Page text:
In this photo a Syrian Arab Red Crescent member carries a baby on to a bus to evacuate the battleground city of Homs. Picture: The Syrian official news agency SANA

Homs - Syria's Red Crescent was on standby on Wednesday to resume evacuating civilians from besieged neighbourhoods of central Homs city, after operations were suspended for a day over “logistical difficulties”.

Red Crescent head of operations Khaled Erksoussi said his teams were waiting for the conclusion of a daily meeting between the United Nations and Homs's governor, Talal Barazi.

“We are expecting that we'll be able to get some more food material in and hoping to get some more people out,” he told AFP.

Since a UN-mediated deal put in place on Friday, the Red Crescent and UN agencies have been evacuating civilians from parts of besieged Homs and delivering aid to those staying behind.

Between Friday and Monday, just over 1 150 people were evacuated, and the World Food Programme delivered enough food for another 1 550 families into the besieged neighbourhoods.

The operation has been welcomed internationally and is providing desperately needed relief for the estimated 3 000 people trapped in rebel-held areas of the city for more than 18 months.

“There are children there, and this is very heartbreaking, that this is the first time they see a banana,” Erksoussi said of those being evacuated.

“Our psychological support teams are there to try to deal with the cases as they come out, but eventually the teams themselves will need psychological care because the situation is very emotional and passionate.”

The operations have been made possible by a tenuous ceasefire that began on Friday and was extended for another three days on Wednesday.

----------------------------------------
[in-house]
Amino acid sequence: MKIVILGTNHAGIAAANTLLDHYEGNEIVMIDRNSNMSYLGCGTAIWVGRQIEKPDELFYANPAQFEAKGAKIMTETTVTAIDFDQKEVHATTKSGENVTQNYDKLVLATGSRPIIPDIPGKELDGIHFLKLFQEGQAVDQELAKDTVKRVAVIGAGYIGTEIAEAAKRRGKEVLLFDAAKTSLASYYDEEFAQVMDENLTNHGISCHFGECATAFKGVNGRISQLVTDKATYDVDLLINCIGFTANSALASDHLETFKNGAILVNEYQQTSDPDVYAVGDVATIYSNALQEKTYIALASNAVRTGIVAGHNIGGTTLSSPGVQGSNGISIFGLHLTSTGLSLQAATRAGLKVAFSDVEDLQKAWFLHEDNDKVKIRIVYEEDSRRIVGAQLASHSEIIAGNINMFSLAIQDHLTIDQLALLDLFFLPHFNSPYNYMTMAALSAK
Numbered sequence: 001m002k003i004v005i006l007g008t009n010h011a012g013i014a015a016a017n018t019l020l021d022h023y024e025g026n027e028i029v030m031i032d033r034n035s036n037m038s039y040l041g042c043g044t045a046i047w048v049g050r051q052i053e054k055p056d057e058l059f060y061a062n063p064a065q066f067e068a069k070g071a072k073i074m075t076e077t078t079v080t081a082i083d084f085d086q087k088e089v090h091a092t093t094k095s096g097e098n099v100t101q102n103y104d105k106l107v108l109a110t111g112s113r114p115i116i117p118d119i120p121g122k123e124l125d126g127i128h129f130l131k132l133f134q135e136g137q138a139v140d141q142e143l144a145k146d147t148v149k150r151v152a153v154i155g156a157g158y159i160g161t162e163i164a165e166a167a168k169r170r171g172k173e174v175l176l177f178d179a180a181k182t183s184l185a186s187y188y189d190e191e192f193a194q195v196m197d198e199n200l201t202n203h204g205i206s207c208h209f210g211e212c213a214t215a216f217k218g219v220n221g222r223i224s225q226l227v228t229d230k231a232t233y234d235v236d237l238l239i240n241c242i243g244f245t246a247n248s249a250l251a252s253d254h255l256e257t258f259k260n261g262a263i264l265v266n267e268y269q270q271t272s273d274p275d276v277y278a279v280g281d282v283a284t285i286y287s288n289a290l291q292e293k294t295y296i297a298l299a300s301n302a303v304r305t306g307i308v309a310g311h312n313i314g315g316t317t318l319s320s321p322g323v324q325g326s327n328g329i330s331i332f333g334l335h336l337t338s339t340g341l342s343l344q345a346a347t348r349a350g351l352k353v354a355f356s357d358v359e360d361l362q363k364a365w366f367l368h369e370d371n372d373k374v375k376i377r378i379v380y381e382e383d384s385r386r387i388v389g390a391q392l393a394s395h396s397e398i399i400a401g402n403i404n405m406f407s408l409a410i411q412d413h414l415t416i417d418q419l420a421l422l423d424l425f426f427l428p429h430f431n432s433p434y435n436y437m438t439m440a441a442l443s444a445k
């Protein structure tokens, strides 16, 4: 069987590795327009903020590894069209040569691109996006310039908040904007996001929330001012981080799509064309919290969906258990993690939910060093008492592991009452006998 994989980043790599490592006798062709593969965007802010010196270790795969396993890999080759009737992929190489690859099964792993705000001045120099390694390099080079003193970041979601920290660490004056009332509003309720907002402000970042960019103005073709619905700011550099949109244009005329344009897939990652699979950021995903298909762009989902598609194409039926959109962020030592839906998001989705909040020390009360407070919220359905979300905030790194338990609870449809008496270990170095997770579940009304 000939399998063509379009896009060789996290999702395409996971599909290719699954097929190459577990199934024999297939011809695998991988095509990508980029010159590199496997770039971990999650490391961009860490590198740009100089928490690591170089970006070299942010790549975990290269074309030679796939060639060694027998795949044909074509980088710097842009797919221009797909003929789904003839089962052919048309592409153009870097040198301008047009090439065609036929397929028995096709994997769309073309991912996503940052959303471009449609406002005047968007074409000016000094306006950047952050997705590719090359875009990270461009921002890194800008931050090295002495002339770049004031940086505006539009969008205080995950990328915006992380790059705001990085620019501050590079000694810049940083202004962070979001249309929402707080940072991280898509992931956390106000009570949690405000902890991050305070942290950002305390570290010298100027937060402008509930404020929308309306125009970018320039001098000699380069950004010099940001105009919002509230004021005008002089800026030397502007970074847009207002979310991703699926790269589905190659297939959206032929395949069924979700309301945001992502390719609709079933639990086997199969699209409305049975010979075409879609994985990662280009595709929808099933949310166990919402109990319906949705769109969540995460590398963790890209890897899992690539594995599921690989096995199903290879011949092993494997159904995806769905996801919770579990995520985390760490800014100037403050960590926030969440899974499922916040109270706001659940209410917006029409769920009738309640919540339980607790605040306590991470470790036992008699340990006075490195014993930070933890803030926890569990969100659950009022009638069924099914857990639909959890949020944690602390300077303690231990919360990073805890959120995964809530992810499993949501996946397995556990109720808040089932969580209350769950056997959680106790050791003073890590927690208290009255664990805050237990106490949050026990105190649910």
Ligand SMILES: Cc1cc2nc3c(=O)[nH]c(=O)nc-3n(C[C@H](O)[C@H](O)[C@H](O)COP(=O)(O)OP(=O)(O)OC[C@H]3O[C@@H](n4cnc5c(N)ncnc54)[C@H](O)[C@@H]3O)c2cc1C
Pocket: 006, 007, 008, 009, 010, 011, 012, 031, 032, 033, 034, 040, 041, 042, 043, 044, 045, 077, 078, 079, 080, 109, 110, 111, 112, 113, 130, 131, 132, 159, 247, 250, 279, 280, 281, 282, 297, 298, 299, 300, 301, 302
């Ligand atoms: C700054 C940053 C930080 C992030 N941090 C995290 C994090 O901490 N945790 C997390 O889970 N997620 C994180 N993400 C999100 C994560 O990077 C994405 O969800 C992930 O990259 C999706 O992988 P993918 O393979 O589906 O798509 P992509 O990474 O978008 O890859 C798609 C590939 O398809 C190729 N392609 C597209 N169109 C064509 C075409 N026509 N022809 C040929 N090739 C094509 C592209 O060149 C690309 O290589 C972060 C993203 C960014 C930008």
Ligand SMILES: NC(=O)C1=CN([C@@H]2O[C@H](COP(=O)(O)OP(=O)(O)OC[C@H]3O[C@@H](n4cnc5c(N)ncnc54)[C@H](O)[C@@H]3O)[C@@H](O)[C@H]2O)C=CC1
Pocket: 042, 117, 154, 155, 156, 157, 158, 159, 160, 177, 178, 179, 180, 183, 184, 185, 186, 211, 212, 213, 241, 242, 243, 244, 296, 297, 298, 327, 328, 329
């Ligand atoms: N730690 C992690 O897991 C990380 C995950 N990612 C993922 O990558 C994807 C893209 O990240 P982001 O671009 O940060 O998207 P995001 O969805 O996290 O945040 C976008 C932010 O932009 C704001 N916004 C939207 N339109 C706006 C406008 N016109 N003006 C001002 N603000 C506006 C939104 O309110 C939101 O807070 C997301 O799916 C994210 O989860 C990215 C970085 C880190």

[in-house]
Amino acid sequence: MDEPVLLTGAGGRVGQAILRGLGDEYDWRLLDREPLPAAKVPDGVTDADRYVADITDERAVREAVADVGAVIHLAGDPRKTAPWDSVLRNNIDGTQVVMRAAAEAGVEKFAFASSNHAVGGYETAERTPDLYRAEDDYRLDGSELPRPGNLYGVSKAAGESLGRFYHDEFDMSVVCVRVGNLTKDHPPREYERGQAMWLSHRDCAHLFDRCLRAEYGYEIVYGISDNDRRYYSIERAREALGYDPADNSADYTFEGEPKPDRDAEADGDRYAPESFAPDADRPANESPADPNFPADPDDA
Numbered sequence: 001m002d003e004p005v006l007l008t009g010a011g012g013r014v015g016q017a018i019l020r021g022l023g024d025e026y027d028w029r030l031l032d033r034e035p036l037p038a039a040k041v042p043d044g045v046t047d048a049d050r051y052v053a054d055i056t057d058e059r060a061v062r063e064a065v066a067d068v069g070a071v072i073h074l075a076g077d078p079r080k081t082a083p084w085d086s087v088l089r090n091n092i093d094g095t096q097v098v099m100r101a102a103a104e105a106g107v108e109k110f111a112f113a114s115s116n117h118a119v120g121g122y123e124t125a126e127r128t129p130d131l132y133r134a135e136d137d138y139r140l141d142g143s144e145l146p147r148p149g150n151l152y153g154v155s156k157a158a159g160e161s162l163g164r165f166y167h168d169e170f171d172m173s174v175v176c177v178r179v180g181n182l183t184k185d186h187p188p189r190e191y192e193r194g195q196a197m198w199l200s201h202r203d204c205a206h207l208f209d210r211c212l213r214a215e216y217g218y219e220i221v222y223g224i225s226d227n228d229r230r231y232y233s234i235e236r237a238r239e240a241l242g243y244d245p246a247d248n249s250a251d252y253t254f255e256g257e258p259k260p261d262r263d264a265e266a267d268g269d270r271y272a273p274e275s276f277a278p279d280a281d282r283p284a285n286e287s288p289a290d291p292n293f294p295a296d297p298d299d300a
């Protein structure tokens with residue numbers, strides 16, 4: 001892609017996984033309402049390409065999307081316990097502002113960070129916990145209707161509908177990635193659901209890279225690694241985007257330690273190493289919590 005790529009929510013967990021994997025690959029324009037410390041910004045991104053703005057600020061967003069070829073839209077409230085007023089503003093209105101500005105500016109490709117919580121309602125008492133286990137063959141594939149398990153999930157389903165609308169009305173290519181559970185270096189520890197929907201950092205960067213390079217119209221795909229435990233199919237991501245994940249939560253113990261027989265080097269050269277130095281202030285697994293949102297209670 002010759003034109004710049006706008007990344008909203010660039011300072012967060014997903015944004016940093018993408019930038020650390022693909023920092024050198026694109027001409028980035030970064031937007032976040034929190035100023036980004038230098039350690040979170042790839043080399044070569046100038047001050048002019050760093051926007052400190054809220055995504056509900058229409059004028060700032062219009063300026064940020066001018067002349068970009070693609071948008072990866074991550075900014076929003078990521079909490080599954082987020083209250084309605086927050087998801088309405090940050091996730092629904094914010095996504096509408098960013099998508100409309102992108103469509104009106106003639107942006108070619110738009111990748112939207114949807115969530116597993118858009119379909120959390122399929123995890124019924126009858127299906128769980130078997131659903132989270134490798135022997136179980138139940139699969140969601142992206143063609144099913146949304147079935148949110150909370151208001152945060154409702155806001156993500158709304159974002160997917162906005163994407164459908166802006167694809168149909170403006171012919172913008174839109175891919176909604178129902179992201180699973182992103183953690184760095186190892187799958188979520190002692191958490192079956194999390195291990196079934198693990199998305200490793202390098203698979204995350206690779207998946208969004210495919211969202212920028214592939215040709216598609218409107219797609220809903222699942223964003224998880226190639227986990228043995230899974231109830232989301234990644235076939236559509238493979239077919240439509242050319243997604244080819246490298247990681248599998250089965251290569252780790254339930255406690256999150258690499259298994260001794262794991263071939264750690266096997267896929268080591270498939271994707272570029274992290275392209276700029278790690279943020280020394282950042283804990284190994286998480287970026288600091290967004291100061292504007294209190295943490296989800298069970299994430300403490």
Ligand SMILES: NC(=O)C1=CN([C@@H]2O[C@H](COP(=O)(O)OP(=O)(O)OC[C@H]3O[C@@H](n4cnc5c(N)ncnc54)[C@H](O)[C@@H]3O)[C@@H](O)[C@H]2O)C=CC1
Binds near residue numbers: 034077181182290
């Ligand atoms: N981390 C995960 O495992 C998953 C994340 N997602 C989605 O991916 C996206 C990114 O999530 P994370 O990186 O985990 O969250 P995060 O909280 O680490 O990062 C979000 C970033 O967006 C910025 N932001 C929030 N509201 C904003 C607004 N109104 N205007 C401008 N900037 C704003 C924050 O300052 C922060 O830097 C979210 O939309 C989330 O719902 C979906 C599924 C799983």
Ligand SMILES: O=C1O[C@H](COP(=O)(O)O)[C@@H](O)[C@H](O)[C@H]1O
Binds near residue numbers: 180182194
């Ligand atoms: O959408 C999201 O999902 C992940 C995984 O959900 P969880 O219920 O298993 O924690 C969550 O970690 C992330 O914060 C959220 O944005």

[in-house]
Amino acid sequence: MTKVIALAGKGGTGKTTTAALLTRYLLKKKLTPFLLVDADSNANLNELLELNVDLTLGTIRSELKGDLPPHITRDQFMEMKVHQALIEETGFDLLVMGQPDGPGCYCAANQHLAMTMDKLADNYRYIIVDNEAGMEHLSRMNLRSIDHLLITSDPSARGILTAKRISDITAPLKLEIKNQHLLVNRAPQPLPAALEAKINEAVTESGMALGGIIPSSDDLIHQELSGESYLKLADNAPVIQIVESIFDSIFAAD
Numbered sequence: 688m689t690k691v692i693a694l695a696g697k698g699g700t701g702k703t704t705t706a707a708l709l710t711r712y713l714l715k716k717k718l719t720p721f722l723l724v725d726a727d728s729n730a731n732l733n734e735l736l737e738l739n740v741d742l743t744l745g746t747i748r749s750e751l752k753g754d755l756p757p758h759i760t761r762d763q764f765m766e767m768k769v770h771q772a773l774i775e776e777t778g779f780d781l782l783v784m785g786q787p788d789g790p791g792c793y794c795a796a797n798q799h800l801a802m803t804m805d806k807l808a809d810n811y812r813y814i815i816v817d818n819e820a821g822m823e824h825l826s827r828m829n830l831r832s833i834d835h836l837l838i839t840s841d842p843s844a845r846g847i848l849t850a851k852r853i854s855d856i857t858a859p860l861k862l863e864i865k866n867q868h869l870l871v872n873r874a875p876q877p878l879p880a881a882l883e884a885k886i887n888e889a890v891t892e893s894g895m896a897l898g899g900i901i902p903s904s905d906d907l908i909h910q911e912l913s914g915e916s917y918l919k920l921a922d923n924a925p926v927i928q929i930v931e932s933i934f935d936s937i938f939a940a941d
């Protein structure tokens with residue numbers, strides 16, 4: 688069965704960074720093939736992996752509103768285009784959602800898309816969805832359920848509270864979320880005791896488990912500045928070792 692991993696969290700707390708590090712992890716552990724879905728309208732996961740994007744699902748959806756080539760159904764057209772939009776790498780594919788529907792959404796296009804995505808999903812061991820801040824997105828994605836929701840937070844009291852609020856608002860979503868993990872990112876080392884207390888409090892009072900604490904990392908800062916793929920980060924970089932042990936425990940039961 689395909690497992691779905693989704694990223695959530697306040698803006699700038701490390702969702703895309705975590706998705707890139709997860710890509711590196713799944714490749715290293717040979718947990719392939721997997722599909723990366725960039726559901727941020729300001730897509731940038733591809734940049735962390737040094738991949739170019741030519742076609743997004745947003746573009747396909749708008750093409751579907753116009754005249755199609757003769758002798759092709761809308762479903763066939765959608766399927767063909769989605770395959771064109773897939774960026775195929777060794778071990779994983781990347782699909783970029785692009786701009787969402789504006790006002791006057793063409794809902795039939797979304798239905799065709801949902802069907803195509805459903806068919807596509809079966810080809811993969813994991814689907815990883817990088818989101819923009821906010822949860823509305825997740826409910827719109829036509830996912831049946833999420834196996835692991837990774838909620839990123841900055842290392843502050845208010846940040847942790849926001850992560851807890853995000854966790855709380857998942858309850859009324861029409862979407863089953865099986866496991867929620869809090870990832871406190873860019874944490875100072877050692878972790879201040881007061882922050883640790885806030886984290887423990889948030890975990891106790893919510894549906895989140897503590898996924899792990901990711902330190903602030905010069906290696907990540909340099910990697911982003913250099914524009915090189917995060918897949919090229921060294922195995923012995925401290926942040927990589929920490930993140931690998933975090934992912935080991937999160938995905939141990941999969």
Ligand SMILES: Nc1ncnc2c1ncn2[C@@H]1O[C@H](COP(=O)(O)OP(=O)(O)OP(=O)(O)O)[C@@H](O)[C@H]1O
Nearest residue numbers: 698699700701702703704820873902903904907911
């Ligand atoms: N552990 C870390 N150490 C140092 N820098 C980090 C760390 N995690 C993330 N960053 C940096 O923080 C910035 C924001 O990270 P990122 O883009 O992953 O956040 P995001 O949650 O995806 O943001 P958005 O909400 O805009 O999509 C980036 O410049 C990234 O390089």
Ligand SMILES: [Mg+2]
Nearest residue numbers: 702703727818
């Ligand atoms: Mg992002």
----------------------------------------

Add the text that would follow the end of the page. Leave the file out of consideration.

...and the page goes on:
However, it has been broken several times, with shelling killing 14 people and aid crews also coming under fire.

Operations were suspended on Tuesday after lengthy talks between the UN representative on the ground and the Homs governor failed to reach agreement on a logistical plan.

Erksoussi said there were particular difficulties finding a safe route out for a group of families in the Bustan al-Diwan district of the city.

“They are about 28 families. Most of them are Christians,” he said.

“They want to get out but there is no road from where they are to the exit point, so we are pressuring the UN to put on pressure to provide a route for them to get to the exit point.”

He said the security situation was significantly worse than in other humanitarian operations undertaken by the Red Crescent, with multiple shooting incidents at an exit point for the area.

“The Hamidiya exit point is particularly problematic. There are groups there, whether from one side or the other, who don't want the operation to go smoothly,” Erksoussi said.

But he added that his teams were nonetheless eager to resume operations as soon as possible.

“Already what we were promised we could deliver in terms of aid, which was 500 food parcels, we have only been able to deliver half of that,” he said.

“We will use any chance we get to get in and deliver aid and help people to leave because we believe this chance won't come again.” - AFP